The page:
Strategies to identify and edit improvements in synthetic genome segments episomallyAlexandra Rudolph, Akos Nyerges, Anush Chiappino-Pepe, Matthieu Landon, Maximilien Baas-Thomas, George Church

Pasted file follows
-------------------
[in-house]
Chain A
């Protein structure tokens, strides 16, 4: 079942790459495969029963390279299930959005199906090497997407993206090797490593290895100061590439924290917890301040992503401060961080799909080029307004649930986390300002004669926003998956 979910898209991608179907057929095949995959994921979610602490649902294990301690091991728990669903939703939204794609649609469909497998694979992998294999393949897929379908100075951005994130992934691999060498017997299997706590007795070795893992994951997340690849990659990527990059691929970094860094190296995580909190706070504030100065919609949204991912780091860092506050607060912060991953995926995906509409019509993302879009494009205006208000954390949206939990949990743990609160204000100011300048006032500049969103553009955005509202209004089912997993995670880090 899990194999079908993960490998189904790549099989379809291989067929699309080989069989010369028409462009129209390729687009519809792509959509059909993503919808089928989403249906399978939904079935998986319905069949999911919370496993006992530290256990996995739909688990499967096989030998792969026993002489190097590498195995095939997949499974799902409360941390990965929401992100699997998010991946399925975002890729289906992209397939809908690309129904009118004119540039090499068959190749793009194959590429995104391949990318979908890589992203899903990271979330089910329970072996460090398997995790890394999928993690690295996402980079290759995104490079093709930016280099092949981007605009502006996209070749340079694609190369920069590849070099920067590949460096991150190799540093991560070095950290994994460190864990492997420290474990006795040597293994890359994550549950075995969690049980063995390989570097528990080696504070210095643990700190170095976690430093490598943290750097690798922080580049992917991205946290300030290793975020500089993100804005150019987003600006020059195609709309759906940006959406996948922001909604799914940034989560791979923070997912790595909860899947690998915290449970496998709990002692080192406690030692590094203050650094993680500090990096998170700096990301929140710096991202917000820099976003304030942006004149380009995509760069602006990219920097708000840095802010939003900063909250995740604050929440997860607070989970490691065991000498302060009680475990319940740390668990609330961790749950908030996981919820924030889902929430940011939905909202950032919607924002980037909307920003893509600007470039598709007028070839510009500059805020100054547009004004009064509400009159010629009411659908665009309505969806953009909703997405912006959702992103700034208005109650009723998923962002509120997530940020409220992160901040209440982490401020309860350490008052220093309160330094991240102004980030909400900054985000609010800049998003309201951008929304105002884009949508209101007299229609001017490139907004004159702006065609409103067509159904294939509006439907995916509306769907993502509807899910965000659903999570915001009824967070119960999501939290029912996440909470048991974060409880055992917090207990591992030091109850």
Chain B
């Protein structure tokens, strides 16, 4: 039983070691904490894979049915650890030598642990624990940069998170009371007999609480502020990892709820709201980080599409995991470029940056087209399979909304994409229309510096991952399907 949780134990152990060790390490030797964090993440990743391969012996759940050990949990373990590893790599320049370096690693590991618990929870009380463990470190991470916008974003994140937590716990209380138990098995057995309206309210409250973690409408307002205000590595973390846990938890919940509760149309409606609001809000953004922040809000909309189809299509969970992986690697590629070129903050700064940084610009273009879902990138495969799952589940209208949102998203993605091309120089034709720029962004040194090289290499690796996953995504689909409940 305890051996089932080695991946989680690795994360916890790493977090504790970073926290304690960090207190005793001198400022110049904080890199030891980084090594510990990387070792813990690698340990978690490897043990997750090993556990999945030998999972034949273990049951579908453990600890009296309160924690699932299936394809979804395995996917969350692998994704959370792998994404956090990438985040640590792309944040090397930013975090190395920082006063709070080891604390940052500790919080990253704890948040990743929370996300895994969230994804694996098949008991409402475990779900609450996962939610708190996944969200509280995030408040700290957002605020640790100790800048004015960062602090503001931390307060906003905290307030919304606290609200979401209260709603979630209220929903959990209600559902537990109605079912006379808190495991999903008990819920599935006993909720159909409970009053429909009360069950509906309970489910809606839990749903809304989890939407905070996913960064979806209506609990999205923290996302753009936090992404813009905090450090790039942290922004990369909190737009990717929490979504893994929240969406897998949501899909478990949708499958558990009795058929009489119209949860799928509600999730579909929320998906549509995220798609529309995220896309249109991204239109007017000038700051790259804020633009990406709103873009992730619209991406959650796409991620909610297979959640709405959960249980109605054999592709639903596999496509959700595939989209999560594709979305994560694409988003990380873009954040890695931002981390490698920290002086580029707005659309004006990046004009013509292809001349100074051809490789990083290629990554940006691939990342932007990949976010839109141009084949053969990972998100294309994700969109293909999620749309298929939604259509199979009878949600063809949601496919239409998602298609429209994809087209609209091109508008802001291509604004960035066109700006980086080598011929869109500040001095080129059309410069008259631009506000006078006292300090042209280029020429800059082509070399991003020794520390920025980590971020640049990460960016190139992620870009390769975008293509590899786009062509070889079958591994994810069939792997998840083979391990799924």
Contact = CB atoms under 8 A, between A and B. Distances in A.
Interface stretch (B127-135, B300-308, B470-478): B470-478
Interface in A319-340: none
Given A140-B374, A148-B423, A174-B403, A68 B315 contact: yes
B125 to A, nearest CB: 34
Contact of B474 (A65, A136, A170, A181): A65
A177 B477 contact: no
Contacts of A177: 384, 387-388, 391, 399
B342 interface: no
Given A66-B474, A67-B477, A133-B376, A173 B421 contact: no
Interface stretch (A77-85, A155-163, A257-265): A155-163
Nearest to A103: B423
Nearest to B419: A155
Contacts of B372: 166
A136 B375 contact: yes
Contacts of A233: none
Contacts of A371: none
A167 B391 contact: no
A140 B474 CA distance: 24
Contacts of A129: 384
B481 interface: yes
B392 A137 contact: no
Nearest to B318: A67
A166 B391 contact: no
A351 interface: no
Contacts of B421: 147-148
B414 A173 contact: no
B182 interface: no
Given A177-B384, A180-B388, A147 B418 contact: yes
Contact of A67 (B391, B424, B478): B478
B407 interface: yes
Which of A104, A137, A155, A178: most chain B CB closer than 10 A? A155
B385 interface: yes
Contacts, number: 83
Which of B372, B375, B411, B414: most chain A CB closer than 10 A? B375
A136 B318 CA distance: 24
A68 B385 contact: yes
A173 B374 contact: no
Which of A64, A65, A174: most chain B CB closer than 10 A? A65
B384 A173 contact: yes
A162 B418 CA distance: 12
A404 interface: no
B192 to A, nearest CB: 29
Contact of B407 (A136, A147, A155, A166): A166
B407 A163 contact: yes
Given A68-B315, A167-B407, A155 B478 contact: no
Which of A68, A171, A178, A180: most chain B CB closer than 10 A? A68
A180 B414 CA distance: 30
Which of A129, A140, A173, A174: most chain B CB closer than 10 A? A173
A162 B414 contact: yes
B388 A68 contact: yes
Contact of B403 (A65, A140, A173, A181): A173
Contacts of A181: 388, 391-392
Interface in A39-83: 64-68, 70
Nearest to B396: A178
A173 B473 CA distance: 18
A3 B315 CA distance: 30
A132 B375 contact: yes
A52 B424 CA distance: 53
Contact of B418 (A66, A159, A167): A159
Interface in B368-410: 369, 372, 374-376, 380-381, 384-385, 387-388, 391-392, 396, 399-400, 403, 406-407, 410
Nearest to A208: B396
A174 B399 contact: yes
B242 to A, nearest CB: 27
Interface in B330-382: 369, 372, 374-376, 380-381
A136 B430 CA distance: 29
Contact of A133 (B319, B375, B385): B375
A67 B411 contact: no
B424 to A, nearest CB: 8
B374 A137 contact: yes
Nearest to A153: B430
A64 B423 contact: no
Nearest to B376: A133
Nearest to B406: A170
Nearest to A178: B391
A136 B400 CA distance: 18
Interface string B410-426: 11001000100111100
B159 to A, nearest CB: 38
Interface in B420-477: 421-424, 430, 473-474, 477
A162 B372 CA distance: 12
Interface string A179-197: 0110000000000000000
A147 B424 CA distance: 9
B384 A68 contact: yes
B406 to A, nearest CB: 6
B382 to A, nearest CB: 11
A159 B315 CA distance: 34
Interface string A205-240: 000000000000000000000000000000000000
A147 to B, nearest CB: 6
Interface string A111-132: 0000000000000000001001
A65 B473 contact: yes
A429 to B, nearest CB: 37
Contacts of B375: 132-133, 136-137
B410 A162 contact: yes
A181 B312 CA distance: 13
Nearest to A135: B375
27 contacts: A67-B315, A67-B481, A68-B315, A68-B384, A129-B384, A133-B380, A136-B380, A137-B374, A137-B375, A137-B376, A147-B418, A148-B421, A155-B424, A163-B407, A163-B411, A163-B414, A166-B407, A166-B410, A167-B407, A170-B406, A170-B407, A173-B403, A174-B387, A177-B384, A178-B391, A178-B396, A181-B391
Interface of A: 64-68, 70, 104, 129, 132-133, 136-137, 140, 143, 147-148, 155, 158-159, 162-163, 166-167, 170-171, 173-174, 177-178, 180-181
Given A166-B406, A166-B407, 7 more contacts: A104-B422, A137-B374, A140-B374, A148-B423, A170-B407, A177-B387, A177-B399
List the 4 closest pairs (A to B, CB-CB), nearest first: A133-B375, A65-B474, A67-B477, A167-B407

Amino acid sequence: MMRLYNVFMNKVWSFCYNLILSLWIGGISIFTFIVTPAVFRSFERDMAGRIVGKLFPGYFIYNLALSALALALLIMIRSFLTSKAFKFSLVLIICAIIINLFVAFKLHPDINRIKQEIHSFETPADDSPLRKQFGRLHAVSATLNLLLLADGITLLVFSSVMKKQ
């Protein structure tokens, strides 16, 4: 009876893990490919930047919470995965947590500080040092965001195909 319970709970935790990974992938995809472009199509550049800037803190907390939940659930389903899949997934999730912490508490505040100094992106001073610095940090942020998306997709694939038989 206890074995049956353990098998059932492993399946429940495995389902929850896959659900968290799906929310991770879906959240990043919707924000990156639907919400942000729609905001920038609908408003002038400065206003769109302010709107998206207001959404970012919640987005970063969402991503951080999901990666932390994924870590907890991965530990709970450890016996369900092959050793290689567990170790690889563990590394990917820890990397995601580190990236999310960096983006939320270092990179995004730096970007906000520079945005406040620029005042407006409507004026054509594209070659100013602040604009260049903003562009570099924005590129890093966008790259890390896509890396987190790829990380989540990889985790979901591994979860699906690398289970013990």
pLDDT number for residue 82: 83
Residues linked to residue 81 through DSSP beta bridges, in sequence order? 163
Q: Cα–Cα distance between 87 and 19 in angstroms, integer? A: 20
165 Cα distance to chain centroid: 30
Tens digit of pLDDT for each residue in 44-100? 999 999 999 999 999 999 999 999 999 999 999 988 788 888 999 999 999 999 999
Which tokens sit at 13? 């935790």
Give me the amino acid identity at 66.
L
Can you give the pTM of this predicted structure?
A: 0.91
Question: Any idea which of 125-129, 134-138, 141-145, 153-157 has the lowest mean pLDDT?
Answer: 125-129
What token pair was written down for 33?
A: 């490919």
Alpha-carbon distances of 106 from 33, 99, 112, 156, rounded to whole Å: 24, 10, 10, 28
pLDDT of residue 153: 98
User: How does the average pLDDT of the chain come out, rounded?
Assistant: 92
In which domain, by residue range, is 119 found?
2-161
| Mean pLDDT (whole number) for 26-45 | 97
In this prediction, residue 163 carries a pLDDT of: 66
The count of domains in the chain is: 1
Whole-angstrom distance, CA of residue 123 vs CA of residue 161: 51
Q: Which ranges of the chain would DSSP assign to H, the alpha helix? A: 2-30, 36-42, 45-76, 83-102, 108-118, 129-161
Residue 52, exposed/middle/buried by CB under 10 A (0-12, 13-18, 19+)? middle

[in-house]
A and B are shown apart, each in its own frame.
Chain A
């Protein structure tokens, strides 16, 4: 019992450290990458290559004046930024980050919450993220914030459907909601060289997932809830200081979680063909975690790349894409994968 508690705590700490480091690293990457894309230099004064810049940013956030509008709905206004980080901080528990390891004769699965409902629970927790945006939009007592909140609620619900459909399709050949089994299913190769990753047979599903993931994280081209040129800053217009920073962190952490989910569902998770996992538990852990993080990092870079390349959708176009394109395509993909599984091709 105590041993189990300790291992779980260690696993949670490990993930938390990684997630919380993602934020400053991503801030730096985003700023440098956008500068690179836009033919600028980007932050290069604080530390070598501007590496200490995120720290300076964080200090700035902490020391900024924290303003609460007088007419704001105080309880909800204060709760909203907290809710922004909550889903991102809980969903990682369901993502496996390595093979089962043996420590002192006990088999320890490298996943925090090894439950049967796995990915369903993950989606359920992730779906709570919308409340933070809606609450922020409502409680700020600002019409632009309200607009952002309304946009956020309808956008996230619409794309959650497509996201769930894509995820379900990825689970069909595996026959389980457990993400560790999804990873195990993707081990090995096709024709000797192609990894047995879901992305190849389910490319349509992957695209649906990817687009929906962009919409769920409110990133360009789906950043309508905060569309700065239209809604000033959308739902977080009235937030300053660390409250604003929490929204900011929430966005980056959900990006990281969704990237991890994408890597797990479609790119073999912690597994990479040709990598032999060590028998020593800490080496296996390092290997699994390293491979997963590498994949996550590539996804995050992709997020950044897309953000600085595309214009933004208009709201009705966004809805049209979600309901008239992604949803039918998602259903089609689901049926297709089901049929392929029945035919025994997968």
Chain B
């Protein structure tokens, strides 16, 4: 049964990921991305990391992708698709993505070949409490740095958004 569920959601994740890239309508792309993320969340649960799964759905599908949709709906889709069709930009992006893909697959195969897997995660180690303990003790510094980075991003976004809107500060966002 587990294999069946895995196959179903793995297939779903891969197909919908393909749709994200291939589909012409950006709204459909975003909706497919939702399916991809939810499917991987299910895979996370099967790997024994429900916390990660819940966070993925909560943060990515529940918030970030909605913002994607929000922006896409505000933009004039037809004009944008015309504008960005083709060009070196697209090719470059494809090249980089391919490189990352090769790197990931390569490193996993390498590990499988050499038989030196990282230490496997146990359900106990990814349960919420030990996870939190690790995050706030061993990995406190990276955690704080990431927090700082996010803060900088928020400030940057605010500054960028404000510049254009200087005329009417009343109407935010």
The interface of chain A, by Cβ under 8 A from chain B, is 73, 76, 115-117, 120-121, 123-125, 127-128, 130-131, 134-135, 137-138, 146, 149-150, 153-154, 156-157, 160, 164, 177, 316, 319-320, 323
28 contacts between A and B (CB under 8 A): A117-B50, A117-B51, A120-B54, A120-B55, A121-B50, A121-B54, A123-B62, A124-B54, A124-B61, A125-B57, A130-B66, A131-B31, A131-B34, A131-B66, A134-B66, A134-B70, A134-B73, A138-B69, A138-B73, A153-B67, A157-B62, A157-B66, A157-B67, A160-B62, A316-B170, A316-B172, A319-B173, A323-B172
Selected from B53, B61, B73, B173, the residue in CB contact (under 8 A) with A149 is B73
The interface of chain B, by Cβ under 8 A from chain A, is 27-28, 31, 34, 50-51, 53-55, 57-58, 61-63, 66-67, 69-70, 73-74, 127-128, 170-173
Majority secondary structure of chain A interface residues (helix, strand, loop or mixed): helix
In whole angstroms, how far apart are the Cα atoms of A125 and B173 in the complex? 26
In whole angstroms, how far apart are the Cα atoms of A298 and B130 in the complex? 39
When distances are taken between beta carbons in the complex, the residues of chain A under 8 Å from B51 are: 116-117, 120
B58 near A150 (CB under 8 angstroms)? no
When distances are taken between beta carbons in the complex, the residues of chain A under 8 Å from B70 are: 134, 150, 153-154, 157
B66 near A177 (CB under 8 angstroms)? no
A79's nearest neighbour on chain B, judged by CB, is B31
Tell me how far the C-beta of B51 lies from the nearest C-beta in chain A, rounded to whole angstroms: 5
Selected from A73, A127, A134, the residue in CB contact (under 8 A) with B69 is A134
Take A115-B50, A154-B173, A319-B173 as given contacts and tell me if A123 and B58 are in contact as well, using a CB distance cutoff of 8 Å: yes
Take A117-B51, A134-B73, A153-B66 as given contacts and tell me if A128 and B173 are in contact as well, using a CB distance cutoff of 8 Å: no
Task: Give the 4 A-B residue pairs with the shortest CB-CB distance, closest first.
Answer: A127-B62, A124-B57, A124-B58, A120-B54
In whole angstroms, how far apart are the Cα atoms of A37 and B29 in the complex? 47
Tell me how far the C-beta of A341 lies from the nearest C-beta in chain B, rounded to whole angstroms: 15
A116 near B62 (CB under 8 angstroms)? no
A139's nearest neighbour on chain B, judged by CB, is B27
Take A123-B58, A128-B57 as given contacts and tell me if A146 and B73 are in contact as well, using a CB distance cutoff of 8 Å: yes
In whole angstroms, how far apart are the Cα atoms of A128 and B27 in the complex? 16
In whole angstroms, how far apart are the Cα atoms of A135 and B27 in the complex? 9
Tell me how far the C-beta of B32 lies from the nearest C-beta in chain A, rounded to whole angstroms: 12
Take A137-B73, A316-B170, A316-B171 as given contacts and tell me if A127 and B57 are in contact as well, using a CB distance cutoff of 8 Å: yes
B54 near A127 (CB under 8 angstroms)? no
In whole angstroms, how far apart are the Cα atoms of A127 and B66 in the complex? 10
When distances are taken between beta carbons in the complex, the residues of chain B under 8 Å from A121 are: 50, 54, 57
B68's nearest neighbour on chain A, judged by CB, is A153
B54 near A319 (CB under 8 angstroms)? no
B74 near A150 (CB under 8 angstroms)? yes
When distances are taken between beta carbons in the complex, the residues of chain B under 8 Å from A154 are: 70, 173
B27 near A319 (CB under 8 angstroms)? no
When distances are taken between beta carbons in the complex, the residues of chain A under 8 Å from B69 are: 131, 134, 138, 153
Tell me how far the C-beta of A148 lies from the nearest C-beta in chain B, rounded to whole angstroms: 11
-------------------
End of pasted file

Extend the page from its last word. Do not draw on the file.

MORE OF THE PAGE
Genome engineering projects often utilize bacterial artificial chromosomes (BACs) to carry multi-kilobase DNA segments at low copy number. However, all stages of whole-genome engineering have the potential to impose mutations on the synthetic genome that can reduce or eliminate the fitness of the final strain. Here, we describe improvements to a multiplex automated genome engineering (MAGE) protocol to improve recombineering frequency and multiplexability. This protocol was applied to recoding an Escherichia coli strain to replace seven codons with synonymous alternatives genome wide. Ten 44 402–47 179 bp de novo synthesized DNA segments contained in a BAC from the recoded strain were unable to complement deletion of the corresponding 33–61 wild-type genes using a single antibiotic resistance marker. Next-generation sequencing (NGS) was used to identify 1–7 non-recoding mutations in essential genes per segment, and MAGE in turn proved a useful strategy to repair these mutations on the recoded segment contained in the BAC when both the recoded and wild-type copies of the mutated genes had to exist by necessity during the repair process. Finally, two web-based tools were used to predict the impact of a subset of non-recoding missense mutations on strain fitness using protein structure and function calls.